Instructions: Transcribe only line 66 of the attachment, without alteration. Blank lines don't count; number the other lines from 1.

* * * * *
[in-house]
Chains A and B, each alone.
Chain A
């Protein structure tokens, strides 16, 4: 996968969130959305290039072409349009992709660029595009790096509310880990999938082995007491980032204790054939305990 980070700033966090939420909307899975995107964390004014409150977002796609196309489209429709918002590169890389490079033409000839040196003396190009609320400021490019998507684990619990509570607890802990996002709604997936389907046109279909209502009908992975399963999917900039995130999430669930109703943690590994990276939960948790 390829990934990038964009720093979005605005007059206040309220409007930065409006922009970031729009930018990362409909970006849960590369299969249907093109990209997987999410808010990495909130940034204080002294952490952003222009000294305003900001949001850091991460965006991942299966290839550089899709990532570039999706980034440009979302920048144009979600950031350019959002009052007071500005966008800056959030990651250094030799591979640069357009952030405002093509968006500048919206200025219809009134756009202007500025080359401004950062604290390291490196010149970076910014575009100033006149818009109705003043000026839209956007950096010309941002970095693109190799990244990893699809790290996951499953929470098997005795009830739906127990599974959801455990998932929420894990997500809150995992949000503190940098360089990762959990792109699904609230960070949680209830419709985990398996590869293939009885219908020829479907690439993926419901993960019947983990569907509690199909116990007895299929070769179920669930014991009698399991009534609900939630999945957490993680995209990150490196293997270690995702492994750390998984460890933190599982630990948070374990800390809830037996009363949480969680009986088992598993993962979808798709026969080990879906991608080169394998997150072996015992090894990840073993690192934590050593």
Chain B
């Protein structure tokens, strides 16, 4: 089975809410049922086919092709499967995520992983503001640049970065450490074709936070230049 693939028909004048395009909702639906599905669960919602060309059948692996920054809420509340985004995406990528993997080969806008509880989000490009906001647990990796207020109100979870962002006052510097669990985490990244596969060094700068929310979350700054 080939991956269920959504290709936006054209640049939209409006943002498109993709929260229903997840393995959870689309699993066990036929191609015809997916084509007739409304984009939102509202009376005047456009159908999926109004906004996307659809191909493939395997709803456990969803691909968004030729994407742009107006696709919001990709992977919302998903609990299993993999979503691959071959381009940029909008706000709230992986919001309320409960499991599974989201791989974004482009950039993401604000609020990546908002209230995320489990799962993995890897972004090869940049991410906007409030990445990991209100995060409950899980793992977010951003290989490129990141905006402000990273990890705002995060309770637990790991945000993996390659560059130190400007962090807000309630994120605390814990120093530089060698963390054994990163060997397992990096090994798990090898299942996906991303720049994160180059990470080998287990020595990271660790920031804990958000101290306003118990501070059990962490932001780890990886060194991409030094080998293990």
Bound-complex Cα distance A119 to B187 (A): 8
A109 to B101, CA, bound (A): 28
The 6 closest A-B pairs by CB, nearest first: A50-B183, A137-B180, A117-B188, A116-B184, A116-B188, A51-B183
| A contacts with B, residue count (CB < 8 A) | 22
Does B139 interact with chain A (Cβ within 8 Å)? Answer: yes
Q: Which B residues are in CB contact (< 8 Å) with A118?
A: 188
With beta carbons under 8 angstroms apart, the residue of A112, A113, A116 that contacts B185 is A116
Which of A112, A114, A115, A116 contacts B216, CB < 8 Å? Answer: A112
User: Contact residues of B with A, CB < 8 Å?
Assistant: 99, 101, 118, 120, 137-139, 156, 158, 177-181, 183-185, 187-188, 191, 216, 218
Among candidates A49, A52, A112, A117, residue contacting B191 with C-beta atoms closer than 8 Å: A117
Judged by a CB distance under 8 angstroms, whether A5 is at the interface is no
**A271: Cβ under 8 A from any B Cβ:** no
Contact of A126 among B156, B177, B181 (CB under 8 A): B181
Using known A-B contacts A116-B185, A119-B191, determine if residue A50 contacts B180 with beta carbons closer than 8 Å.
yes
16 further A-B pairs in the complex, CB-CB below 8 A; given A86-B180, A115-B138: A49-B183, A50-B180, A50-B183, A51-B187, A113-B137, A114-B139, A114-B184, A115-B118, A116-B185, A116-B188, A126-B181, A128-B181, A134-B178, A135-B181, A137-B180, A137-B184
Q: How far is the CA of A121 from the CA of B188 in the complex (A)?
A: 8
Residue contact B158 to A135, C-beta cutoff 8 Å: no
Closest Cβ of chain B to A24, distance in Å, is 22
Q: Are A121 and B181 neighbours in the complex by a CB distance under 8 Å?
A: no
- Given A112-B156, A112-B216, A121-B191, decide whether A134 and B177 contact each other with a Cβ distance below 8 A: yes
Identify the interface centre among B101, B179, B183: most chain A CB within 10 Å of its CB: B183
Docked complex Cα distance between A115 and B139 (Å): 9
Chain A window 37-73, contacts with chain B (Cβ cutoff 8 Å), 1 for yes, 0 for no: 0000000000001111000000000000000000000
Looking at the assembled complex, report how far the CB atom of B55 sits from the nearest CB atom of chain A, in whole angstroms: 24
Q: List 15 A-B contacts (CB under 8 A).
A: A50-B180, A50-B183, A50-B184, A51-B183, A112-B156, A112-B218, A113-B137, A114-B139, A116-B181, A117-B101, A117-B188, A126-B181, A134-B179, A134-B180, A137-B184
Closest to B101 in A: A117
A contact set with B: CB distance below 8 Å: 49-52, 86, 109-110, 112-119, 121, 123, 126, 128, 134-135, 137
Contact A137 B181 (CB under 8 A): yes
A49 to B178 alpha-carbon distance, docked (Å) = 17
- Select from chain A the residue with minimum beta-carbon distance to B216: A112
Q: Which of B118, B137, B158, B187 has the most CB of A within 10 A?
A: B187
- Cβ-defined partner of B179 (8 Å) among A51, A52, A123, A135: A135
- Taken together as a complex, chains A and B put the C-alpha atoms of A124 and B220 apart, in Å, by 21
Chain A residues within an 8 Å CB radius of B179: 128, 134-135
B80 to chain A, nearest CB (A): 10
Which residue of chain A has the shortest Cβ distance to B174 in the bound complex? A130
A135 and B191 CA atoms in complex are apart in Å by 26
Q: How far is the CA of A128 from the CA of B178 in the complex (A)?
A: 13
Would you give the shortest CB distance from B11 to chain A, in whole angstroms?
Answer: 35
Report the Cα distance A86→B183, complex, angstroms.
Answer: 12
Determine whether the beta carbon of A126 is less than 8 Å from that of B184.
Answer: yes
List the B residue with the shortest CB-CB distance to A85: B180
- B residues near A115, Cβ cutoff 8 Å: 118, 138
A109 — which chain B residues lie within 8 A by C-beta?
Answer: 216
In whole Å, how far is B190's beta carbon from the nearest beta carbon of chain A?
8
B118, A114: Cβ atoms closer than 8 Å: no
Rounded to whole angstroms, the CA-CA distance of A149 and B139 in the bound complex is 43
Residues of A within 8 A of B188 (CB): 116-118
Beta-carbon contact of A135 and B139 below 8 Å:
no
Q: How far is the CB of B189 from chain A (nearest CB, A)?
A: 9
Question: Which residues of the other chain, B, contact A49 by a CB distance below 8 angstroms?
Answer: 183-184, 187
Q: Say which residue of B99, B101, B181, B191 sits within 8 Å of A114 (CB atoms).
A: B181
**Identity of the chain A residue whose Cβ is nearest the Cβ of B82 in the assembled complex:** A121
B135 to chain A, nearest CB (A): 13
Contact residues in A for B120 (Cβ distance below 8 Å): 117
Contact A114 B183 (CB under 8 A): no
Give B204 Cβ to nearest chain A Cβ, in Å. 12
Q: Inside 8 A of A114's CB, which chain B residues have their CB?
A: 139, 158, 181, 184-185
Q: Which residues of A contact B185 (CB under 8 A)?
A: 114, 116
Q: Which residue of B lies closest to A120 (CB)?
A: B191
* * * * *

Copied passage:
Rounded to whole angstroms, the CA-CA distance of A149 and B139 in the bound complex is 43